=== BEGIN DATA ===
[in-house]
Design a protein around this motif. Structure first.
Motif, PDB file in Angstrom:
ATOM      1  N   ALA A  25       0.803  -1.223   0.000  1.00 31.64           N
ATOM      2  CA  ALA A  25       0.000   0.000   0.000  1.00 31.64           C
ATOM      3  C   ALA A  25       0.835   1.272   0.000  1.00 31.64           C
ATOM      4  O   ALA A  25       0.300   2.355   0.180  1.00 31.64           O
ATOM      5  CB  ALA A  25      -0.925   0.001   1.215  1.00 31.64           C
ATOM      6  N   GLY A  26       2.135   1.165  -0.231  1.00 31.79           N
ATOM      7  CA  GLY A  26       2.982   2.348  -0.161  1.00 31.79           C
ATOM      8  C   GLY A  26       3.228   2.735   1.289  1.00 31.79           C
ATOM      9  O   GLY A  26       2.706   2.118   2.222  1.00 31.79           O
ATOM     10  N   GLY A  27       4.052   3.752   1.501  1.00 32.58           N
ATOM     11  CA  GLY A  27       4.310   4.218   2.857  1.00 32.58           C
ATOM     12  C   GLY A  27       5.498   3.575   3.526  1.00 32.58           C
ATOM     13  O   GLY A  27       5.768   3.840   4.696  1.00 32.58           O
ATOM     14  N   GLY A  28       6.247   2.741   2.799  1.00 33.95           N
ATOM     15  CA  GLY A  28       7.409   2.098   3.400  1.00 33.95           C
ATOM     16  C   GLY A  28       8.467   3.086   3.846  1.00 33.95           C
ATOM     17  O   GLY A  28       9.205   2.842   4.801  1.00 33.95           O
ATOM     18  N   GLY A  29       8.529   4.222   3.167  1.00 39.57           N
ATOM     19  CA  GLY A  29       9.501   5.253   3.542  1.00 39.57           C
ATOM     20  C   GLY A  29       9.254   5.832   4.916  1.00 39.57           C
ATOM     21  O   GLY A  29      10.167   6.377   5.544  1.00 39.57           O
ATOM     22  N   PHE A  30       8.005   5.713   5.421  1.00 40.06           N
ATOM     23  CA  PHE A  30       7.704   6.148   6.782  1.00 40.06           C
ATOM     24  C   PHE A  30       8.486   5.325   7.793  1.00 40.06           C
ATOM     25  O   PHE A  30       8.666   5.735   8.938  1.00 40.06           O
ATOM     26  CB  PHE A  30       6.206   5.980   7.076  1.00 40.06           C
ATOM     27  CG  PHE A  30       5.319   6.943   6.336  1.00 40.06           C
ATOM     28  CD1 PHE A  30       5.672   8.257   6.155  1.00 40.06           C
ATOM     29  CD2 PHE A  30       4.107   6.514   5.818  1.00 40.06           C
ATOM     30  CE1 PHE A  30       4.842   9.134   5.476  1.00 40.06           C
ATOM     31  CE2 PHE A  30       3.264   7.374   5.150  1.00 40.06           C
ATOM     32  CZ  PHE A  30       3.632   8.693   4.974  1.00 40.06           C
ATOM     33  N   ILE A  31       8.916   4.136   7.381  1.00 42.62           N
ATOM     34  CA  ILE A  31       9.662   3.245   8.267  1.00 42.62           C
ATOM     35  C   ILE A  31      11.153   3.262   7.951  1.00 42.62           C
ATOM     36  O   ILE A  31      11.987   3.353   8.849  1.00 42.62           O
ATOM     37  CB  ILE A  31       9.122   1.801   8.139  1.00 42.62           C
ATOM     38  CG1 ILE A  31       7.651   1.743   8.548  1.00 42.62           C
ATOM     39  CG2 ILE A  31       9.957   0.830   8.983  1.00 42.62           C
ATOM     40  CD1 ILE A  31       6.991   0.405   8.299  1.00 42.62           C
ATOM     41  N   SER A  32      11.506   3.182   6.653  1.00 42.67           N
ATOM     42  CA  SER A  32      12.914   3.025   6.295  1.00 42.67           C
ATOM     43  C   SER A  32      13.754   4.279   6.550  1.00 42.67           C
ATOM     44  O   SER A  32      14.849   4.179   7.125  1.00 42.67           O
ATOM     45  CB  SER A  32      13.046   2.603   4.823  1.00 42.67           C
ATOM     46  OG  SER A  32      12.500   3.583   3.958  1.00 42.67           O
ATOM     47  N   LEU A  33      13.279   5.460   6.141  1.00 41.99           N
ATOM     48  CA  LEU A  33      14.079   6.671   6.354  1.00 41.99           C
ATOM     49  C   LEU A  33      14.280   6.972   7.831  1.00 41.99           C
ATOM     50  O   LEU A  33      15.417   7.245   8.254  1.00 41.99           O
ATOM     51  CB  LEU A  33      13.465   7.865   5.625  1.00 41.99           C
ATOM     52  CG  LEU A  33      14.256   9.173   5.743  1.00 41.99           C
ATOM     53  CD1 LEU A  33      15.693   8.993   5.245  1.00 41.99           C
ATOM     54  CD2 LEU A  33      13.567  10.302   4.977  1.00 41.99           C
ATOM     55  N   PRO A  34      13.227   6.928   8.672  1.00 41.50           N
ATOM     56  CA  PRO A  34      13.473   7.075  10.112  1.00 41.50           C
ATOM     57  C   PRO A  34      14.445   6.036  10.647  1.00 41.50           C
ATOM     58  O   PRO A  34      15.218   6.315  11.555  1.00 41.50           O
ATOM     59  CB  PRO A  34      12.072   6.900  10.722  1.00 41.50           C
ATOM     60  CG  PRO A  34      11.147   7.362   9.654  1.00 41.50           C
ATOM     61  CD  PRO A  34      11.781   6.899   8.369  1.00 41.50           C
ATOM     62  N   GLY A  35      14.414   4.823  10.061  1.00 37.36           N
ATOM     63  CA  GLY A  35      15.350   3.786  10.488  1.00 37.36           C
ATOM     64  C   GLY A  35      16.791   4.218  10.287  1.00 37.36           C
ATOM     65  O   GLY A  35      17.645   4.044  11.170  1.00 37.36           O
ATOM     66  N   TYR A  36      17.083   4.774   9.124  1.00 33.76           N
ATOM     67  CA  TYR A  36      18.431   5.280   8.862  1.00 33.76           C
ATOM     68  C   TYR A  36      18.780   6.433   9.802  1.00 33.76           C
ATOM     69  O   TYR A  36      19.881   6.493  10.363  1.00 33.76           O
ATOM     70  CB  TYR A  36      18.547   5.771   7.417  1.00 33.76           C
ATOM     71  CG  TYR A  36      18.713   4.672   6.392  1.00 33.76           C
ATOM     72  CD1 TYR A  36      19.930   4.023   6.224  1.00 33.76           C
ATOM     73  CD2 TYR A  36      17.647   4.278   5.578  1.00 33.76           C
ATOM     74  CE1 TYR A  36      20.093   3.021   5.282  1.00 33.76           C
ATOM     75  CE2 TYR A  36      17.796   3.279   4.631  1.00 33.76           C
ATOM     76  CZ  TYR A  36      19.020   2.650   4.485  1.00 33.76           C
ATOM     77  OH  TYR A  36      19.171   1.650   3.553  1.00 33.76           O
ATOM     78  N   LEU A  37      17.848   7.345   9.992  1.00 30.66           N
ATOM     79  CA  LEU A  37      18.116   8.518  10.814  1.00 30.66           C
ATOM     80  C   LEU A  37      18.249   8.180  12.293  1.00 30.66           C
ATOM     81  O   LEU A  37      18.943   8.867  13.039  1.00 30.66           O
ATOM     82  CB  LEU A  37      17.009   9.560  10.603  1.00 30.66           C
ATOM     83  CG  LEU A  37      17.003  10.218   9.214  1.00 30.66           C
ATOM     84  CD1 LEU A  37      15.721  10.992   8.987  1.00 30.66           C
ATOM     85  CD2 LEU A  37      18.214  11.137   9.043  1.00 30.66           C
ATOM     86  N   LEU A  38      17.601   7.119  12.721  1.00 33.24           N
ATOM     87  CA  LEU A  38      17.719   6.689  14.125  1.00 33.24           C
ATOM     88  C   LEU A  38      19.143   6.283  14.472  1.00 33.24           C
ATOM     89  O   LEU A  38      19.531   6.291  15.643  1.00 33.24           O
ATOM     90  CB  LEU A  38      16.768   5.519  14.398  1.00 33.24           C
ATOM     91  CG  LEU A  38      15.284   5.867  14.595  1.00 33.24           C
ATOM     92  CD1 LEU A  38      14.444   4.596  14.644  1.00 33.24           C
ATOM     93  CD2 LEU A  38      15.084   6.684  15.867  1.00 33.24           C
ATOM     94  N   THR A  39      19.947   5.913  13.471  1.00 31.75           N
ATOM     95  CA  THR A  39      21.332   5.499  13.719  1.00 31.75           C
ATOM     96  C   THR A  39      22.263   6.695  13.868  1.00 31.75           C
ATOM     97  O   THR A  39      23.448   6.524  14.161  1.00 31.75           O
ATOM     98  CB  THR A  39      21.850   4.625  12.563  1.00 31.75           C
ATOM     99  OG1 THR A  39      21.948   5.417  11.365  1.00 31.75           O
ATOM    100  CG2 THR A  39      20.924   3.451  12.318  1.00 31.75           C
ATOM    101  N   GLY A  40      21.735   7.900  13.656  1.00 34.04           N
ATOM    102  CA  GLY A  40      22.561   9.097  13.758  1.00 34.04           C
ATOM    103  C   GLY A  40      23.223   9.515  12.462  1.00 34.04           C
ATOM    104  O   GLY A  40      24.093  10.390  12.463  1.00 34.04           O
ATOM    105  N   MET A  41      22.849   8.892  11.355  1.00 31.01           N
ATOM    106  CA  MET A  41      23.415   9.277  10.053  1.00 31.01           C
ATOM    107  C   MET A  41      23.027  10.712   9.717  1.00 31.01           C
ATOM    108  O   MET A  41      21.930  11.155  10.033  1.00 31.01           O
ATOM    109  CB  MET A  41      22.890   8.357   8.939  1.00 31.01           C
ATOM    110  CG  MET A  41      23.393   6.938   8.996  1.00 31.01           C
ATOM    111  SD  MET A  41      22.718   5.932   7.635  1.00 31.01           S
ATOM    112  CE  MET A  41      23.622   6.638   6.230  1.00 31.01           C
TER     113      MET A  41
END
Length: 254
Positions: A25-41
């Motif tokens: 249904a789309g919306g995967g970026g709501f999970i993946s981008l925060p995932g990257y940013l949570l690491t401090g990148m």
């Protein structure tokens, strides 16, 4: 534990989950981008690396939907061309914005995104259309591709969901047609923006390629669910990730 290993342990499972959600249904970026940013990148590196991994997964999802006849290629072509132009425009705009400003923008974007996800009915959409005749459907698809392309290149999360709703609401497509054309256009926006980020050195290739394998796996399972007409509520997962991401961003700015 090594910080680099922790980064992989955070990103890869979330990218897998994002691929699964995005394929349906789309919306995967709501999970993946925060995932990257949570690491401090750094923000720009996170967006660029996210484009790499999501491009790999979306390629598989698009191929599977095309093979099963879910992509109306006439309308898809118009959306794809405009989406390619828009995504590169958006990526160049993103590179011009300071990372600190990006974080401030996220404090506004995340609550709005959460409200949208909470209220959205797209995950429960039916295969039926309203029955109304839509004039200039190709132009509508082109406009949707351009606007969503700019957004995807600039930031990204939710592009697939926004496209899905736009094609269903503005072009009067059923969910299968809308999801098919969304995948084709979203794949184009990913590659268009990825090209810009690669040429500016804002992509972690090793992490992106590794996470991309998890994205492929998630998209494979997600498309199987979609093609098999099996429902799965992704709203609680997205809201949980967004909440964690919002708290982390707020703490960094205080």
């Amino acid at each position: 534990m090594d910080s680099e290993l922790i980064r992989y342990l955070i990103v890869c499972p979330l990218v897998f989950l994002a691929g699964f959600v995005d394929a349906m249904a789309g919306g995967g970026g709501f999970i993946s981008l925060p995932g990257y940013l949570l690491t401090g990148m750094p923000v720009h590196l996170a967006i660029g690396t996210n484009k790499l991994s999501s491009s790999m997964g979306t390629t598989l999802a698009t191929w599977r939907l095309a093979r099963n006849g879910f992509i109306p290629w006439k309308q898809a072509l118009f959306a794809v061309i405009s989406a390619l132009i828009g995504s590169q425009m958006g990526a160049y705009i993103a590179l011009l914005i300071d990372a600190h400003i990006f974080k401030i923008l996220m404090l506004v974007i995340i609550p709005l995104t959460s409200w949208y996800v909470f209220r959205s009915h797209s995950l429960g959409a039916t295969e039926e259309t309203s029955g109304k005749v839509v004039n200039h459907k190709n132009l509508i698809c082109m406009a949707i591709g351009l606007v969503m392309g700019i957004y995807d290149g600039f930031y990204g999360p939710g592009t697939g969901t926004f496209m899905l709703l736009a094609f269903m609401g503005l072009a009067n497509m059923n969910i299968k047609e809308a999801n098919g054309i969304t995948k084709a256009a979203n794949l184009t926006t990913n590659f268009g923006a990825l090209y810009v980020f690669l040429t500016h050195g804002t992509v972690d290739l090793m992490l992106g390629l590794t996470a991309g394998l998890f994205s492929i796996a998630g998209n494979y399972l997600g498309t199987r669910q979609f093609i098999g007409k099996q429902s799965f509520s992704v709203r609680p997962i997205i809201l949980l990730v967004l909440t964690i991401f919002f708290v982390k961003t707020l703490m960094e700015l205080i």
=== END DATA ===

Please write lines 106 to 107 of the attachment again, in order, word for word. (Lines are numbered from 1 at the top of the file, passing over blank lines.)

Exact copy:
ATOM    103  C   GLY A  40      23.223   9.515  12.462  1.00 34.04           C
ATOM    104  O   GLY A  40      24.093  10.390  12.463  1.00 34.04           O